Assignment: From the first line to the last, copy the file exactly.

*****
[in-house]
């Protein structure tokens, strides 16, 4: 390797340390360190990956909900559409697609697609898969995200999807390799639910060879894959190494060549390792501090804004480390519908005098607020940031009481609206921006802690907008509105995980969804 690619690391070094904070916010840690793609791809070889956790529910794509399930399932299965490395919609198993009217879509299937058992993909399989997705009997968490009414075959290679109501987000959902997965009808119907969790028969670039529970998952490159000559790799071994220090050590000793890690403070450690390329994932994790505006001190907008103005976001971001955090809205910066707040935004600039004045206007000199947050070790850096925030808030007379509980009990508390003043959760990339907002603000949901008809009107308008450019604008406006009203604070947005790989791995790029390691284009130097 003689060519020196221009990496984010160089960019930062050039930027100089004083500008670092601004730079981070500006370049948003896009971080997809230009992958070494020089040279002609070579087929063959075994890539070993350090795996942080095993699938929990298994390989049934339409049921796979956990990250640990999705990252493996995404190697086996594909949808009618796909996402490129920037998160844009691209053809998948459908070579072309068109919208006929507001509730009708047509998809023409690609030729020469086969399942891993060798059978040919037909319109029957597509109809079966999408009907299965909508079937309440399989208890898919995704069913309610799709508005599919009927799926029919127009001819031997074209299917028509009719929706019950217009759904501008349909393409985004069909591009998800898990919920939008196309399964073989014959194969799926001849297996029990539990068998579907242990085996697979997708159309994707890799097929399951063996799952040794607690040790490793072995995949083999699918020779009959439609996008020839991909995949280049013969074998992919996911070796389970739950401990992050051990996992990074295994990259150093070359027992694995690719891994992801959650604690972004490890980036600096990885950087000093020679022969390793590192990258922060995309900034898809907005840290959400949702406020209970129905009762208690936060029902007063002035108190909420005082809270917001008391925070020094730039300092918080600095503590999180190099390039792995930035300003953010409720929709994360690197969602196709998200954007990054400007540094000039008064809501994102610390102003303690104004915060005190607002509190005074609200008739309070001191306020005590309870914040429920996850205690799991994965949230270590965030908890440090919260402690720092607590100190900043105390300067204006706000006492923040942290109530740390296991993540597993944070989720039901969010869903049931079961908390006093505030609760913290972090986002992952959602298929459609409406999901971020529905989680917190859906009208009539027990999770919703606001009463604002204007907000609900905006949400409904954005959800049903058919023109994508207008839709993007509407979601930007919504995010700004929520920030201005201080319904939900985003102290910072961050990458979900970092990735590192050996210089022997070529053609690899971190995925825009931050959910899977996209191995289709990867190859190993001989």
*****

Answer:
[in-house]
């Protein structure tokens, strides 16, 4: 390797340390360190990956909900559409697609697609898969995200999807390799639910060879894959190494060549390792501090804004480390519908005098607020940031009481609206921006802690907008509105995980969804 690619690391070094904070916010840690793609791809070889956790529910794509399930399932299965490395919609198993009217879509299937058992993909399989997705009997968490009414075959290679109501987000959902997965009808119907969790028969670039529970998952490159000559790799071994220090050590000793890690403070450690390329994932994790505006001190907008103005976001971001955090809205910066707040935004600039004045206007000199947050070790850096925030808030007379509980009990508390003043959760990339907002603000949901008809009107308008450019604008406006009203604070947005790989791995790029390691284009130097 003689060519020196221009990496984010160089960019930062050039930027100089004083500008670092601004730079981070500006370049948003896009971080997809230009992958070494020089040279002609070579087929063959075994890539070993350090795996942080095993699938929990298994390989049934339409049921796979956990990250640990999705990252493996995404190697086996594909949808009618796909996402490129920037998160844009691209053809998948459908070579072309068109919208006929507001509730009708047509998809023409690609030729020469086969399942891993060798059978040919037909319109029957597509109809079966999408009907299965909508079937309440399989208890898919995704069913309610799709508005599919009927799926029919127009001819031997074209299917028509009719929706019950217009759904501008349909393409985004069909591009998800898990919920939008196309399964073989014959194969799926001849297996029990539990068998579907242990085996697979997708159309994707890799097929399951063996799952040794607690040790490793072995995949083999699918020779009959439609996008020839991909995949280049013969074998992919996911070796389970739950401990992050051990996992990074295994990259150093070359027992694995690719891994992801959650604690972004490890980036600096990885950087000093020679022969390793590192990258922060995309900034898809907005840290959400949702406020209970129905009762208690936060029902007063002035108190909420005082809270917001008391925070020094730039300092918080600095503590999180190099390039792995930035300003953010409720929709994360690197969602196709998200954007990054400007540094000039008064809501994102610390102003303690104004915060005190607002509190005074609200008739309070001191306020005590309870914040429920996850205690799991994965949230270590965030908890440090919260402690720092607590100190900043105390300067204006706000006492923040942290109530740390296991993540597993944070989720039901969010869903049931079961908390006093505030609760913290972090986002992952959602298929459609409406999901971020529905989680917190859906009208009539027990999770919703606001009463604002204007907000609900905006949400409904954005959800049903058919023109994508207008839709993007509407979601930007919504995010700004929520920030201005201080319904939900985003102290910072961050990458979900970092990735590192050996210089022997070529053609690899971190995925825009931050959910899977996209191995289709990867190859190993001989």